Officials want to prevent sale of Mocksville tobacco companies

The National Association of Attorneys General wants to stop the sale of all the assets of three bankrupt Mocksville tobacco companies to a Raleigh firm.

The group filed an objection Wednesday with U.S. Bankruptcy Court on CB Holdings LLC’s $15.6 million deal for Renegade Holdings Inc., Renegade Tobacco Co. and Alternative Brands Inc.

The deal, announced July 11, was projected to close Oct. 30. The Davie manufacturers have a combined 100 employees.

The association is involved because the 16 state attorneys general represent the largest unsecured creditor group.

It also has opposed a reorganization plan for the companies, citing a criminal investigation in Mississippi — at least 3 years old — involving Calvin Phelps, the owner of the companies, and accusations of “unlawful trafficking in cigarettes and other related crimes.”

It said the proceeds from selling the companies could be higher if the bankruptcy trustee, Peter Tourtellot, allowed for the escrow rights of Alternative to be sold separately.

After the landmark 1998 Master Settlement Agreement between 46 attorneys general and major U.S. manufacturers, smaller cigarette makers emerged, grabbing significant market share because they could sell cigarettes for less.

The states have passed laws aimed at reducing the smaller manufacturers’ competitive advantage by forcing them to put money into escrow in case they are sued by the states.

“The settling states’ knowledge of sales of nonparticipating manufacturers’ escrow rights owned (by others) indicated there is a market for such assets,” the association said.

It said the sale price for other escrow rights “has greatly exceeded the 23 cents on a dollar” that the CB Holdings offer represents. Prospective buyers for the escrow rights “are unlikely to have an interest in buying the other sale assets,” it said.

The association said the sale should be “direct to entities the states reasonably believe may be interested in buying the escrow rights and/or tobacco-manufacturing operations.”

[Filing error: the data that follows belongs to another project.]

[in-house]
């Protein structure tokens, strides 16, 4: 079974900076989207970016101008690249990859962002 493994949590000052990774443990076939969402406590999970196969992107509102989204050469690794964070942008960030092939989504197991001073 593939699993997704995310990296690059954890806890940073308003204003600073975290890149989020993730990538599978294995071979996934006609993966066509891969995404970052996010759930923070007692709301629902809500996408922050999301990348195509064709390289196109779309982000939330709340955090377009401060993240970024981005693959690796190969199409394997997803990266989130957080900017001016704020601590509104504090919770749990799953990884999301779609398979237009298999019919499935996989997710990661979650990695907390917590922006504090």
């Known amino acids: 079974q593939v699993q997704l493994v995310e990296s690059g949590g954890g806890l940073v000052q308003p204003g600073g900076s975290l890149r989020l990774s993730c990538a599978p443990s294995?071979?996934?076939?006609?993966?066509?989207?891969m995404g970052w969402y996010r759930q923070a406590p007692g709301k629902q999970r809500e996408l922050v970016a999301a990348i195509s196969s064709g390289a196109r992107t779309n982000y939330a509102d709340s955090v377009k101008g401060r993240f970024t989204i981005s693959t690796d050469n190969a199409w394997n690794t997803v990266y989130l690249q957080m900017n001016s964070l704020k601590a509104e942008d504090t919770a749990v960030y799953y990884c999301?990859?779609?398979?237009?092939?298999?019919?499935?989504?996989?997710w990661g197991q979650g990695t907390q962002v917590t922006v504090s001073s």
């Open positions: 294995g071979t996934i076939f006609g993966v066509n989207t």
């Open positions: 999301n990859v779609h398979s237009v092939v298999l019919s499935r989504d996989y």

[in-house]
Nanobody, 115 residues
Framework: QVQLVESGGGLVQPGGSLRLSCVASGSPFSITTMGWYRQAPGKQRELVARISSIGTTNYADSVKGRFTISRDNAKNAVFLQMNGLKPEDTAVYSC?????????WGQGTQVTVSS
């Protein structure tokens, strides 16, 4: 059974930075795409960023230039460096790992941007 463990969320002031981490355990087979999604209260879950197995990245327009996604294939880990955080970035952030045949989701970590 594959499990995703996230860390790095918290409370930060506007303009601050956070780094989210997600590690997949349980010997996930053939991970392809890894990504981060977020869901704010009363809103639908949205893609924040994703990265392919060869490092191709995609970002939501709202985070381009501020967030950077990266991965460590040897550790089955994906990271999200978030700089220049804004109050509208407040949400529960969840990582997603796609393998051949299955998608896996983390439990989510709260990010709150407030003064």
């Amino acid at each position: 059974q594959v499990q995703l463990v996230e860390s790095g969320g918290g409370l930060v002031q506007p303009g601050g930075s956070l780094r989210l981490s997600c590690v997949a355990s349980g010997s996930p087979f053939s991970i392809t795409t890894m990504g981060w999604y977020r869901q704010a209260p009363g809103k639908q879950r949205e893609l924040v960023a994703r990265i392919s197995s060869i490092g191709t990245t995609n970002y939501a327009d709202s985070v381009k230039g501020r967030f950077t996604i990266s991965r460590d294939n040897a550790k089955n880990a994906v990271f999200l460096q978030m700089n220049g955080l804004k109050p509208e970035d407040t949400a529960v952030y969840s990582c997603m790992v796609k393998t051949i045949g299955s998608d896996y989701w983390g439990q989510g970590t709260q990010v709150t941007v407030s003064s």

Charles Fuller, president and chief executive of CB Holdings, has said the operations would remain in Davie with no changes except for the Renegade and Alternative Brands names. He could not be reached for comment Thursday.

CB Holdings owns Firebird Manufacturing LLC, a manufacturing company in South Boston, Va., and Cherokee Brands LLC, a sales and distribution company recently renamed from Cherokee Tobacco Co.

Tourtellot said when the deal was announced that combining the companies is the best solution.

“It protects the jobs of our employees in Davie County and puts two companies together that will be a much stronger player in the tobacco industry as opposed to individually,” Tourtellot said.

The manufacturers filed for Chapter 11 bankruptcy protection Jan. 29, 2009, and exited bankruptcy June 1, 2010.

They were put back into bankruptcy July 19, 2010, when the reorganization plan was vacated, in large part because of the criminal investigation.

Phelps also is facing a lawsuit alleging he made a fraudulent transfer of $8.1 million in assets from the three companies and used it to help buy six parcels of land, as well as Chinqua-Penn Plantation, two corporate jets, cigar-manufacturing equipment and a 2008 Maserati Quattroporte.

By Richard Craver
[email protected]
(336) 727-7376

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